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Exploratory talks about a “traffic light” coalition are likely ahead in Germany. Huawei's chief financial officer has returned to Canada. Meanwhile, Japan's ruling party will hold its leadership election, Turkey's parliament will return from its summer recess, Brazil's president has tested negative for Covid-19, and South Africa's ruling party will launch its manifesto.



Yesterday's Bundestag elections ended with heavy losses for parting Chancellor Angela Merkel's party. As the Christian alliance CDU/CSU is beginning to realize the magnitude of its defeat, exploratory talks for a “traffic light” coalition between Olaf Scholz's Social Democrats (SPD), the Greens and the center-right Liberals (FDP) are becoming more likely. However, a failure of negotiations should not be ruled out until the very end of the process. Despite great expectations over recent weeks, there is no obvious majority for a departure from the overall mantra of sound fiscal policy.


Huawei Chief Financial Officer Meng Wanzhou returned to Canada after nearly three years under house arrest in Canada. She and the US Justice Department reached a deferred prosecution agreement that allows her to avoid extradition. In response, the Chinese government promptly released Michael Spavor and Michael Kovrig, who had been convicted of espionage and sentenced to prison in apparent retaliation for the Meng arrest. The prisoner exchange ends an ordeal that had been a major source of tension between the three countries.




The ruling Liberal Democratic Party (LDP) will hold its leadership election on 29 September, with the winner set to become Japan's next prime minister. Grassroots choice Taro Kono looks unlikely to get enough support from his parliamentary colleagues to secure an overall majority and avoid a second- round run-off, with his likely opponent another former foreign minister, Fumio Kishida.



On 28 September, the Constitutional Court is set to issue a ruling whether the motion of no-confidence in Prime Minister Florin Citu's (National Liberal Party, PNL) government has been filed legally. If the court greenlights the motion, the vote would be held within five days after the ruling (most likely next week). Then, Citu's future as prime minister would hinge largely on the opposition Social Democratic Party (PSD), which had previously pledged to back the motion but could still change its stance. Citu is also facing an increasing pressure to step down over the mishandling of the pandemic, soaring energy prices and other domestic scandals.


Parliament is set to return from its long summer recess on 1 October with a heavy agenda awaiting lawmakers, including the ratification of the Paris climate deal. The restart of parliamentary work will also shed light on whether the government intends to reform the electoral law and lower the threshold to enter parliament from 10% to 7%.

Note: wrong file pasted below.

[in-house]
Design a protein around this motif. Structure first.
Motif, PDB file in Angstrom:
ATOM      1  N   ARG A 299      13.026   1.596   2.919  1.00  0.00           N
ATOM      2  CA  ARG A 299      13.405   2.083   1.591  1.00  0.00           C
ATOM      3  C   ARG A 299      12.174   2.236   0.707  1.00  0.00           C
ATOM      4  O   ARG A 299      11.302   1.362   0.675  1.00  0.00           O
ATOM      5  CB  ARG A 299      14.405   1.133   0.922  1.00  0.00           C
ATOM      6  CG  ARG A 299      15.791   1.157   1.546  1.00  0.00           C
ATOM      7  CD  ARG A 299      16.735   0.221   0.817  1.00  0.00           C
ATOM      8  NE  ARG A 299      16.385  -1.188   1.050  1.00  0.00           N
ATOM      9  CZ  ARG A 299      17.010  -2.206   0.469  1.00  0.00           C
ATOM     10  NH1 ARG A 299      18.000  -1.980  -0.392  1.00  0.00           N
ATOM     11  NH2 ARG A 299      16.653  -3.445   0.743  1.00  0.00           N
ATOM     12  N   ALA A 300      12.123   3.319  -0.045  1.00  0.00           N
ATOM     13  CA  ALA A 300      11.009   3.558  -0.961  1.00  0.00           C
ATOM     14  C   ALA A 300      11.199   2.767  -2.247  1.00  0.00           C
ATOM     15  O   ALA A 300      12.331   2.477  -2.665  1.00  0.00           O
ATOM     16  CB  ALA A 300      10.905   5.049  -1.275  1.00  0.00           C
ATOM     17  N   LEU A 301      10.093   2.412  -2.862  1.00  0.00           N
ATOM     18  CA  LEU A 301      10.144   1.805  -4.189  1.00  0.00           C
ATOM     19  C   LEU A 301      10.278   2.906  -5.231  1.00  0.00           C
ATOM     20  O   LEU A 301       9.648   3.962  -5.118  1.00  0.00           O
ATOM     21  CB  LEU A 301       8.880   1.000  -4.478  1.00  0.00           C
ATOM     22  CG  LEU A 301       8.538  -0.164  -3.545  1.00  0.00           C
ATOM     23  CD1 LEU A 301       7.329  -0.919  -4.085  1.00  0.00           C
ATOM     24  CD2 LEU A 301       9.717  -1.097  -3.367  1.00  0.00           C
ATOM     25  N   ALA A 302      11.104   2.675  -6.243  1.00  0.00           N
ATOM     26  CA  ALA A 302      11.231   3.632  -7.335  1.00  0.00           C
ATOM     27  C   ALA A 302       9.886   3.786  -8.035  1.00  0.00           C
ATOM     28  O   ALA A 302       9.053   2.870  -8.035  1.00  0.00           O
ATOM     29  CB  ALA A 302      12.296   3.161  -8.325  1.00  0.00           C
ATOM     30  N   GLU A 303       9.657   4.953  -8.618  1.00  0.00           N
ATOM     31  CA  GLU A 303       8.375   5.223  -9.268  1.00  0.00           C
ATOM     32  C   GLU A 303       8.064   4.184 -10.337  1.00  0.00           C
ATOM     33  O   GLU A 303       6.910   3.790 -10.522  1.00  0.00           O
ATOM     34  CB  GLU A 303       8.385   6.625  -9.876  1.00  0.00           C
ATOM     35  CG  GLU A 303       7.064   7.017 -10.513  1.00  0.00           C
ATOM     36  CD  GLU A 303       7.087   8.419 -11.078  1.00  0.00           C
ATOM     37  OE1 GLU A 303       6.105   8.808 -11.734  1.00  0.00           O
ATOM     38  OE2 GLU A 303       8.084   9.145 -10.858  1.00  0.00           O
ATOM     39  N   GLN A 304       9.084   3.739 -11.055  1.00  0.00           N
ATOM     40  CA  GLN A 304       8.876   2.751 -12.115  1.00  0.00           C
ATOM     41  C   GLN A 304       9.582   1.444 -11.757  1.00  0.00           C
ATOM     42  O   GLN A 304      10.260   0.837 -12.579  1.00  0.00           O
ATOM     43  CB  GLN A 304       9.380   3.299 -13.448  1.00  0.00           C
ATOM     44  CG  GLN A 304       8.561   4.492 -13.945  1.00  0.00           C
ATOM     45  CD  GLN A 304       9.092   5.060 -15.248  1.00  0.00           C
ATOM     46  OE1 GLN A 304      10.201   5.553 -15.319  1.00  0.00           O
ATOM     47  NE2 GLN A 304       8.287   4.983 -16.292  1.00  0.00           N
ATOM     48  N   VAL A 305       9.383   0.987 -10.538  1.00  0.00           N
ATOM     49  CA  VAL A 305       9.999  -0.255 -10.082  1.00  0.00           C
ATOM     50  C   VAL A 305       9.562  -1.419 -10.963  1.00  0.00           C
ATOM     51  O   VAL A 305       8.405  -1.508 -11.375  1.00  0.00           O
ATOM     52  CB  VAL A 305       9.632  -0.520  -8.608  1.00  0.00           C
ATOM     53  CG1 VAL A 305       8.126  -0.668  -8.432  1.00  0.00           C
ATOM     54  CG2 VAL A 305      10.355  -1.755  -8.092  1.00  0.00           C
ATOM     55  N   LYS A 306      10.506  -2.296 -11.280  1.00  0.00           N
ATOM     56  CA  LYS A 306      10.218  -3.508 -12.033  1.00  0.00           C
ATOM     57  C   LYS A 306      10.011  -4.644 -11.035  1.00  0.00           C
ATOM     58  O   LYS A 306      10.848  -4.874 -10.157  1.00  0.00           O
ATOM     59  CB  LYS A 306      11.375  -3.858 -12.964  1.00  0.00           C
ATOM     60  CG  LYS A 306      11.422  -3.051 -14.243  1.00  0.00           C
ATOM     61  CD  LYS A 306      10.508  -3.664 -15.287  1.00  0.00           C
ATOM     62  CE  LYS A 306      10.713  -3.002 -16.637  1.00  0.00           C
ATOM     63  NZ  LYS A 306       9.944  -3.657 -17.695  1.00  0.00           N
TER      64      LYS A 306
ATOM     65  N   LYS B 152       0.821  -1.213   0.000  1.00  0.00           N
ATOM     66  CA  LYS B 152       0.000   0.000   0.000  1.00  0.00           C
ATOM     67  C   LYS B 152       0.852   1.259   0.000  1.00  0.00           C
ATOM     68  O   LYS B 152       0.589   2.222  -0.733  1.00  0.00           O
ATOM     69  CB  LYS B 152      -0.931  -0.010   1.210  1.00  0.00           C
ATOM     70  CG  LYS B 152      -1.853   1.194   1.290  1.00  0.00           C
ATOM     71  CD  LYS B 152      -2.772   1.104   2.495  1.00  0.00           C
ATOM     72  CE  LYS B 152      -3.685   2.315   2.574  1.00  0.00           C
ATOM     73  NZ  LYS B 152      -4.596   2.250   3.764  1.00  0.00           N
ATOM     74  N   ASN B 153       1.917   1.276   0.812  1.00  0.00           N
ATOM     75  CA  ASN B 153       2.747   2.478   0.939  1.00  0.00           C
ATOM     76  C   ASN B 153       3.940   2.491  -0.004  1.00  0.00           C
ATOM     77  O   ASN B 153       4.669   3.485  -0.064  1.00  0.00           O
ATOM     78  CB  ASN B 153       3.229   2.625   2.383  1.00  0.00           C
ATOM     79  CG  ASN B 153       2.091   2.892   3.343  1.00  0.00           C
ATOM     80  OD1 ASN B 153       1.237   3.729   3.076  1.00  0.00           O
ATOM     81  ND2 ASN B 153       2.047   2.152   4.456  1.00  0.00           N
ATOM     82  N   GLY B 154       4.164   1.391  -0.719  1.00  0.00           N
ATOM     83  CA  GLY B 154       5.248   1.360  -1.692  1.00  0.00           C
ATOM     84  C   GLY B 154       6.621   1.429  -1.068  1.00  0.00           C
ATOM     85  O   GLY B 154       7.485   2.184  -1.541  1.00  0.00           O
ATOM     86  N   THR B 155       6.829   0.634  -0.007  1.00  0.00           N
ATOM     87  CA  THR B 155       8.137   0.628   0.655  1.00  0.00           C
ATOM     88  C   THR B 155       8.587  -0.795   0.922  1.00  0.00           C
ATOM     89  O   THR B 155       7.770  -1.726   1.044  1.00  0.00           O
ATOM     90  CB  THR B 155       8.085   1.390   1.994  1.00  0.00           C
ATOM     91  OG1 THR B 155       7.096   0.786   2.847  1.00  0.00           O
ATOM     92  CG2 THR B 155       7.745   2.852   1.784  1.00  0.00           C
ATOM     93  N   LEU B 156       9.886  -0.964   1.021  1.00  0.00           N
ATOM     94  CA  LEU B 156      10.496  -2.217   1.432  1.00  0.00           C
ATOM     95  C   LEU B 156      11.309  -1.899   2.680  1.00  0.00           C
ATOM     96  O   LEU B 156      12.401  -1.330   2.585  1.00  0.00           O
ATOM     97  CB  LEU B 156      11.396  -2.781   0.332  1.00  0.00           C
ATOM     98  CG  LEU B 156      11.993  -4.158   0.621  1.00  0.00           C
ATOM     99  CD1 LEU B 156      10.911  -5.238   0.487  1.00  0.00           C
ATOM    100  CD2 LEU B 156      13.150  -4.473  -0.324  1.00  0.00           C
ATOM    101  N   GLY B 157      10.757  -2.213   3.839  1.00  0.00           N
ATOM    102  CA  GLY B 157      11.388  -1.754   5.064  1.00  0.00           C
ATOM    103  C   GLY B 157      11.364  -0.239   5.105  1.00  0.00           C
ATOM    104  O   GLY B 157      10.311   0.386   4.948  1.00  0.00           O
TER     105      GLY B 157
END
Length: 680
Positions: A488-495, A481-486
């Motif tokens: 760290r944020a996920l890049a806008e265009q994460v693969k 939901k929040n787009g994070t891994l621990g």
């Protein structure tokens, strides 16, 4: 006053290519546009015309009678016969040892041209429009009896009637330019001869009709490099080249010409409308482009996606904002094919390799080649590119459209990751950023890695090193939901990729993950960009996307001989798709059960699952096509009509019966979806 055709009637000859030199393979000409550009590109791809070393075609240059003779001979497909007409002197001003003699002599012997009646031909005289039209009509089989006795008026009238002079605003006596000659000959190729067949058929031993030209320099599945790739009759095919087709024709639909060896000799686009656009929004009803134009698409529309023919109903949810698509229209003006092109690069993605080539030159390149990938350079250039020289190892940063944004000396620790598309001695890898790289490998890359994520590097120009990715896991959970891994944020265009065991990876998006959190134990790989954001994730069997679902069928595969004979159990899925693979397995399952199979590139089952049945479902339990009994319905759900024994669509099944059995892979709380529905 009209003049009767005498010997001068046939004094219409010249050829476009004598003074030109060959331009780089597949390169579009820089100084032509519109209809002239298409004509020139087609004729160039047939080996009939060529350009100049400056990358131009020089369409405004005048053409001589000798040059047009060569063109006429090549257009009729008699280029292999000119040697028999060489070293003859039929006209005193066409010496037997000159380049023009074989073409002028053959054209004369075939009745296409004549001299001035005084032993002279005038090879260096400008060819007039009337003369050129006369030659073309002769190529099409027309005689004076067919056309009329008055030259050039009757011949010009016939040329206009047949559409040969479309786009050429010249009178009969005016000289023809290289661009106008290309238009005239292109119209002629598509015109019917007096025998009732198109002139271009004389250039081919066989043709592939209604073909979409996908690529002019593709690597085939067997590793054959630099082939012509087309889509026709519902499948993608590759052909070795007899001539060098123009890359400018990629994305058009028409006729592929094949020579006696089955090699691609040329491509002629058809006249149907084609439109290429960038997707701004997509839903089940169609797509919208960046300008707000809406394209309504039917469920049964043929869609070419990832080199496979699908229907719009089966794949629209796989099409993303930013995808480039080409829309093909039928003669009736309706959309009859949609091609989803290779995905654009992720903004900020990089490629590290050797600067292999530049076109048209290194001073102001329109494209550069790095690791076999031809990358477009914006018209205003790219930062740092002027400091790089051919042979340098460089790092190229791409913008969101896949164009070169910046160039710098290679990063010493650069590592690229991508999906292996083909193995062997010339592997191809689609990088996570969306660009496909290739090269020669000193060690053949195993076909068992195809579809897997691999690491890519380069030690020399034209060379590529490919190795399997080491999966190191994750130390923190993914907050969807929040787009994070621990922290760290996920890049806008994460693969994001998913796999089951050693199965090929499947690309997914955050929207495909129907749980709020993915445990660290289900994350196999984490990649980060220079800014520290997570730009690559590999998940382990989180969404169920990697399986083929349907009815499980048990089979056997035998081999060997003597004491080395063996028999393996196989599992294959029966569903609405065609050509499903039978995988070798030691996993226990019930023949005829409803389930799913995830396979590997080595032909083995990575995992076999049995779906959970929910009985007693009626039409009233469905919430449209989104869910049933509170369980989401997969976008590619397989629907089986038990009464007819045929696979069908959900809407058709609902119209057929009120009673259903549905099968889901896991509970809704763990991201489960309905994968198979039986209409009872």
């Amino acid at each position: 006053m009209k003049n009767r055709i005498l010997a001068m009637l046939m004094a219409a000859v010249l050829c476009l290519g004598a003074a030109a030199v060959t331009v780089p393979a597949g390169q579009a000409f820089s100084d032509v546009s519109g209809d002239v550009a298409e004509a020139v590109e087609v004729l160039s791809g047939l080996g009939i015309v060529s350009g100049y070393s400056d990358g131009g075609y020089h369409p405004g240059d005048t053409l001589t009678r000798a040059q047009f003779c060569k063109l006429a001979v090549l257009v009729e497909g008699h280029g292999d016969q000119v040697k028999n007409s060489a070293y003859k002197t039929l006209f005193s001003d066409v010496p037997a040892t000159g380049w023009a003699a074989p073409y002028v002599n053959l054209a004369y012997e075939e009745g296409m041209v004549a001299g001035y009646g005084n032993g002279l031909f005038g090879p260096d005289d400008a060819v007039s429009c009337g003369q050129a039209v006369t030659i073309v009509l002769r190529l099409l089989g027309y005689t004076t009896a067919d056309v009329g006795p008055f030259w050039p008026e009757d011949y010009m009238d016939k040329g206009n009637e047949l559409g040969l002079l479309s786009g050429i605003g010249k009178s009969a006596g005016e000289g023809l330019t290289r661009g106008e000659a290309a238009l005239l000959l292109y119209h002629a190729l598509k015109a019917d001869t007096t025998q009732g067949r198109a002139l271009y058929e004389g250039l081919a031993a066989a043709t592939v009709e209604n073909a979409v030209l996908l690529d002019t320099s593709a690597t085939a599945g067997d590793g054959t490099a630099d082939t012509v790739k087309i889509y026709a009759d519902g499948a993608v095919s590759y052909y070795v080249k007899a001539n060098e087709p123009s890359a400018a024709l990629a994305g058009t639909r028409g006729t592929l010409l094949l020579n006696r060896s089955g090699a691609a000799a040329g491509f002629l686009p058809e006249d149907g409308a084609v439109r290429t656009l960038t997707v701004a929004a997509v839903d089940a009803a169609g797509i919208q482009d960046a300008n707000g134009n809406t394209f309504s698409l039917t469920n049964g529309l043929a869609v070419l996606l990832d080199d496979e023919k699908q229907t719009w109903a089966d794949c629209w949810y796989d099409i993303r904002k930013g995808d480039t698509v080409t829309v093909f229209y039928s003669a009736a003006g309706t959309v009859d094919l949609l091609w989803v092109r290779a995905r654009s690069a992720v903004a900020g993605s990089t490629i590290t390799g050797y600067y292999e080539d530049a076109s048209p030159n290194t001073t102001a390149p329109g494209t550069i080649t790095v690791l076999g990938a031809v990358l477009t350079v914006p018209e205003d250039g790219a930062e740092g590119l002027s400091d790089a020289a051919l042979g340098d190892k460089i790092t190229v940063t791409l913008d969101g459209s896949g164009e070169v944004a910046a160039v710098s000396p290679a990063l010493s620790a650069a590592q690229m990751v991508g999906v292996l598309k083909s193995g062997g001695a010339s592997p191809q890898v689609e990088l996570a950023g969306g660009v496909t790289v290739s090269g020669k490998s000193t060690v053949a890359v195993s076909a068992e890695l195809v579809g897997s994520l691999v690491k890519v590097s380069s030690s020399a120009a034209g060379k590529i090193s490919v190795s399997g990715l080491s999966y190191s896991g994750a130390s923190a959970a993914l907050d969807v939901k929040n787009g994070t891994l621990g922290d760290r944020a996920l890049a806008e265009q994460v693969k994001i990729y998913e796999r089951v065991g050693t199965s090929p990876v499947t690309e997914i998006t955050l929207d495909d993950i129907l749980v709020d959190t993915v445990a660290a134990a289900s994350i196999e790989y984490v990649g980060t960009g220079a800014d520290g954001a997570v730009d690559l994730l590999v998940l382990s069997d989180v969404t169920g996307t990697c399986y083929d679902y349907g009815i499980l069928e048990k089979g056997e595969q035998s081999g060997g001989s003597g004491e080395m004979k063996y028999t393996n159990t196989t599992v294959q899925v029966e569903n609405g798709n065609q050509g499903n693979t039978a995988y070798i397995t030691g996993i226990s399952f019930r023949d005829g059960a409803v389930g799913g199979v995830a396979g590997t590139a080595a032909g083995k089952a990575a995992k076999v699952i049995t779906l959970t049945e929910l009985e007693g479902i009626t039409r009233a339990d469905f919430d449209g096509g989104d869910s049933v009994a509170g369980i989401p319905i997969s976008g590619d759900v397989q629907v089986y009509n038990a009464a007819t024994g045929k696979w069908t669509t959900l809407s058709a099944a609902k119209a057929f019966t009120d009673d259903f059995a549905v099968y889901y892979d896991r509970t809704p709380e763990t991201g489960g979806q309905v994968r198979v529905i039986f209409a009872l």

President Jair Bolsonaro tested negative for COVID-19 this weekend, following positive tests by several members of his delegation to the UN General Assembly, including health minister Marcelo Queiroga. He will spend the week of his 1,000th day in government traveling the country to inaugurate federal public works in pro-government constituencies. The week starts with a full-day session in Congress on Monday to analyze 39 presidential vetoes, including an increase of Covid-19-related expenditures. The House plenary may vote on the administrative reform if prospects of approval improve significantly. The week will also see the mobilization of leftwing movements for the anti-Bolsonaro protests scheduled for 2 October.


The government is entangled in another controversy after Prime Minister Guido Bellido threatened to nationalize the consortium that operates the Camisea natural gas field. The threat risks undoing Finance Minister Pedro Francke's recent efforts to reassure investors that an anti-market shift is not on the cards. Francke last week ruled out expropriations. He also revealed that the respected Central Bank (BCR) governor Julio Velarde has been formally invited to stay on in his role and that proposed tax measures for the mining sector will be designed with help from the International Monetary Fund (IMF). Francke's plan is to obtain special decree powers from Congress this week in order to pass the new tax measures. That will require dialogue and compromise in Congress – something that this administration has struggled to achieve, and that Bellido's declarations could torpedo.


South Africa

On 27 September, the ruling ANC launches its manifesto to a limited, pandemic compliant gathering in Tshwane. On 29 September, the Electoral Commission of South Africa (IEC) will publish the final lists of parties and candidates that will contest the 1 November municipal elections. The party threatens to fall below the 50% threshold at the national level for the first time and, like in 2016, may lose control of key cities, including Tshwane and Johannesburg.


Zambia will host a technical staff visit from the International Monetary Fund (IMF) from 27 September until 1 October. President Hakainde Hichilema ‘s has just completed a widely publicized and successful trip to the UN General Assembly, which included meetings with the Biden administration, IMF and World Bank at the highest levels. At home, cabinet has reportedly approved a “concept paper” on the 2022 national budget and medium-term expenditure framework. With the budget to be presented around late October, hopes are high that Zambia will make steady progress towards an IMF deal.

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Exploratory talks about a “traffic light” coalition are likely ahead in Germany. Huawei’s chief financial officer has returned to Canada. Meanwhile, Japan’s ruling party